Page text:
Modelling approaches for atmospheric iondipole collisions: allatom trajectory simulations and central field methods
 ^{1}Institute for Atmospheric and Earth System Research / Physics, Faculty of Science, University of Helsinki, P.O. Box 64, FI00014, Finland
 ^{2}Center for Joint Quantum Studies and Department of Physics, School of Science, Tianjin University, 92 Weijin Road, Tianjin 300072, China
 ^{1}Institute for Atmospheric and Earth System Research / Physics, Faculty of Science, University of Helsinki, P.O. Box 64, FI00014, Finland
 ^{2}Center for Joint Quantum Studies and Department of Physics, School of Science, Tianjin University, 92 Weijin Road, Tianjin 300072, China
Abstract. Iondipole collisions can facilitate the formation of atmospheric aerosol particles, and play an important role in their detection in chemical ionization mass spectrometers. Conventionally, analytical models, or simple parametrizations, have been used to calculate rate coefficients of iondipole collisions in the gas phase. Such models, however, neglect the atomistic structure and charge distribution of the collision partners. To determine the accuracy and applicability of these approaches at atmospheric conditions, we calculated collision cross sections and rate coefficients from allatom molecular dynamics collision trajectories, sampling the relevant range of impact parameters and relative velocities, and from a central field model using an effective attractive interaction fitted to the longrange potential of mean force between the collision partners. We considered collisions between various atmospherically relevant molecular ions and dipoles, as well as charged and neutral dipolar clusters. Based on the good agreement between collision cross sections and rate coefficients obtained from molecular dynamics trajectories and a generalized central field model, we conclude that the effective interactions between the collision partners are isotropic to a high degree, and the model is able to capture the relevant physicochemical properties of the systems. In addition, when the potential of mean force is recalculated at the respective temperatures, the central field model exhibits the correct temperature dependence of the collision process. The classical parametrization by Su and Chesnavich [J. Chem. Phys., 76, 5183–5185, 1982], which combines a central field model with simplified trajectory simulations, is able to predict the collision rate coefficients and their temperature dependence quite well for molecular systems, but the agreement worsens for systems containing clusters. Based on our results, we propose the combination of potential of mean force calculation and central field model as a viable and elegant alternative to brute force sampling of individual collision trajectories over a large range of impact parameters and relative velocities.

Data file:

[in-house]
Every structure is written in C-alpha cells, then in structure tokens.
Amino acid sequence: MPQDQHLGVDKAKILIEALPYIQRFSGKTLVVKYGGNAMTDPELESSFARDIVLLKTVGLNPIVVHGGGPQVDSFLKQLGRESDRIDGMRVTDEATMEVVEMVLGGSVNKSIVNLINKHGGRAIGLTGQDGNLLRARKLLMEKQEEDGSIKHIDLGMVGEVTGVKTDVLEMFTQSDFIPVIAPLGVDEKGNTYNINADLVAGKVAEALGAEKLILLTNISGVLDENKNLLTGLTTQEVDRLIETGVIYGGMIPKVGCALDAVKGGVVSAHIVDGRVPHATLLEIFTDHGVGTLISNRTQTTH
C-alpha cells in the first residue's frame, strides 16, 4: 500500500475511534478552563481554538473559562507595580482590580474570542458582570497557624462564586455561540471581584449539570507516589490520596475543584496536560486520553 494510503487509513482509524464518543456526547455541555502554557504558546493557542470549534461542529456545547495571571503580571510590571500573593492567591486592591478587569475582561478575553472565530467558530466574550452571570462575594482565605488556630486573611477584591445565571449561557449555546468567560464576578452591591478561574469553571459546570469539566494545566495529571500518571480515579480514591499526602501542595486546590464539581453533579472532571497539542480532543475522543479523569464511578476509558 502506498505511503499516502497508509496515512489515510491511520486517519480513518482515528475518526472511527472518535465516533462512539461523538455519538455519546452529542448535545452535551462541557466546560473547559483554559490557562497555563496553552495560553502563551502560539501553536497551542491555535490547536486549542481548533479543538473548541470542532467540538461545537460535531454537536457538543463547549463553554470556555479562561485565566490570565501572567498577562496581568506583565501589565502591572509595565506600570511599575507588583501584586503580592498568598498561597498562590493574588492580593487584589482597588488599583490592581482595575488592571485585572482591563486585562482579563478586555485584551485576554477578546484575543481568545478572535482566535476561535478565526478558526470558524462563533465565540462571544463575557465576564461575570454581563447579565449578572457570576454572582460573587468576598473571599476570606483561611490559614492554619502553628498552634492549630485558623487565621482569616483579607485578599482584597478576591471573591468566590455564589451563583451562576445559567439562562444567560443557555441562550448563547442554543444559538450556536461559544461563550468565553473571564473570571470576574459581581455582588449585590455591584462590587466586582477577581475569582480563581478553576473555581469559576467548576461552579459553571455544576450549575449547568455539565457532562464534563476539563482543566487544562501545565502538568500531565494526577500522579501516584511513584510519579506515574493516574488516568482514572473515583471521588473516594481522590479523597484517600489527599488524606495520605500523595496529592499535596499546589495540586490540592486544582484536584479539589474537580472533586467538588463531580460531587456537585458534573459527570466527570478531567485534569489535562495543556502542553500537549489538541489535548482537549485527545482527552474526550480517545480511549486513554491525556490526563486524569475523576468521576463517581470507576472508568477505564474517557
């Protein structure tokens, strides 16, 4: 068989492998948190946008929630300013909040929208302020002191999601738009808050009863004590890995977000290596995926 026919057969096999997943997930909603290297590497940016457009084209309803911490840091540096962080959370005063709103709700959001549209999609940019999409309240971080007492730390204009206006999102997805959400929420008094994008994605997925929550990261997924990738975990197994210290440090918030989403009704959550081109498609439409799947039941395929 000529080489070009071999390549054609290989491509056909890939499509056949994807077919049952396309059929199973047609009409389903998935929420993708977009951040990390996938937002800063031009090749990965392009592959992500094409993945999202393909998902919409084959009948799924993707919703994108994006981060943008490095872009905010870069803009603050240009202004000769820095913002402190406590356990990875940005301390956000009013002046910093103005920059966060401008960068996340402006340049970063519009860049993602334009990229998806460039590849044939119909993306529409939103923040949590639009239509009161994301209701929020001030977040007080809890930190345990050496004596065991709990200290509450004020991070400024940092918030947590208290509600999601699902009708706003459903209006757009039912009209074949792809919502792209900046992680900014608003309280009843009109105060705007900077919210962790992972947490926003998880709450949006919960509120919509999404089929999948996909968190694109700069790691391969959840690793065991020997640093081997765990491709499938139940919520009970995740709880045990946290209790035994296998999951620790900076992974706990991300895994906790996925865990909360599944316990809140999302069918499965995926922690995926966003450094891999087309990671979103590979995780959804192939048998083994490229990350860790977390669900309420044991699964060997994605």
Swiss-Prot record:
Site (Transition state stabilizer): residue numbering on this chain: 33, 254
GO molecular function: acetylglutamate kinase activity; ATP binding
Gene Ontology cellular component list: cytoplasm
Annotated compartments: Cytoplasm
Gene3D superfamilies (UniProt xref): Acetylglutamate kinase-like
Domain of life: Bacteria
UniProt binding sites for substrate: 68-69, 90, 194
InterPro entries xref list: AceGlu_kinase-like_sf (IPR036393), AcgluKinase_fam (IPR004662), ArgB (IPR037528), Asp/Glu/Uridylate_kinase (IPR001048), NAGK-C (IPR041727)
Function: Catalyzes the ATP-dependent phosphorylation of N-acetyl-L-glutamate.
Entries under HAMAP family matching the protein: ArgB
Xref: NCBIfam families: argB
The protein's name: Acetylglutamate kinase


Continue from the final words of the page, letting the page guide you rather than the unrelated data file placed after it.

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The requested preprint has a corresponding peerreviewed final revised paper. You are encouraged to refer to the final revised version.